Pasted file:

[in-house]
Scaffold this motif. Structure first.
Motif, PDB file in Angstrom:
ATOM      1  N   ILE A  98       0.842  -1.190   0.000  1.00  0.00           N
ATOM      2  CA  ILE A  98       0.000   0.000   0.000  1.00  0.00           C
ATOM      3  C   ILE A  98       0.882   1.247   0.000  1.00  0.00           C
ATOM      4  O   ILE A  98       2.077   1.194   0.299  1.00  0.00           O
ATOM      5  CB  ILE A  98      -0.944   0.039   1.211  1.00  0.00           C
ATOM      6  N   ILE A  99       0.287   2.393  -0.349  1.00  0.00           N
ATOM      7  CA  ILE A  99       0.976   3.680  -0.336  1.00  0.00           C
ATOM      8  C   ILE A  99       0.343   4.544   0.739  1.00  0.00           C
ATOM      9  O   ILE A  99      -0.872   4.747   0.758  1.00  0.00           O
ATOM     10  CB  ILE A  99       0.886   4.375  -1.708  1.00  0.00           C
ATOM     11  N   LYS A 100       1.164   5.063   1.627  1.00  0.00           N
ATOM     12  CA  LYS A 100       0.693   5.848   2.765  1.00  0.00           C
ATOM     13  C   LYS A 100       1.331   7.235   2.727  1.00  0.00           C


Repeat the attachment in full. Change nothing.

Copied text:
[in-house]
Scaffold this motif. Structure first.
Motif, PDB file in Angstrom:
ATOM      1  N   ILE A  98       0.842  -1.190   0.000  1.00  0.00           N
ATOM      2  CA  ILE A  98       0.000   0.000   0.000  1.00  0.00           C
ATOM      3  C   ILE A  98       0.882   1.247   0.000  1.00  0.00           C
ATOM      4  O   ILE A  98       2.077   1.194   0.299  1.00  0.00           O
ATOM      5  CB  ILE A  98      -0.944   0.039   1.211  1.00  0.00           C
ATOM      6  N   ILE A  99       0.287   2.393  -0.349  1.00  0.00           N
ATOM      7  CA  ILE A  99       0.976   3.680  -0.336  1.00  0.00           C
ATOM      8  C   ILE A  99       0.343   4.544   0.739  1.00  0.00           C
ATOM      9  O   ILE A  99      -0.872   4.747   0.758  1.00  0.00           O
ATOM     10  CB  ILE A  99       0.886   4.375  -1.708  1.00  0.00           C
ATOM     11  N   LYS A 100       1.164   5.063   1.627  1.00  0.00           N
ATOM     12  CA  LYS A 100       0.693   5.848   2.765  1.00  0.00           C
ATOM     13  C   LYS A 100       1.331   7.235   2.727  1.00  0.00           C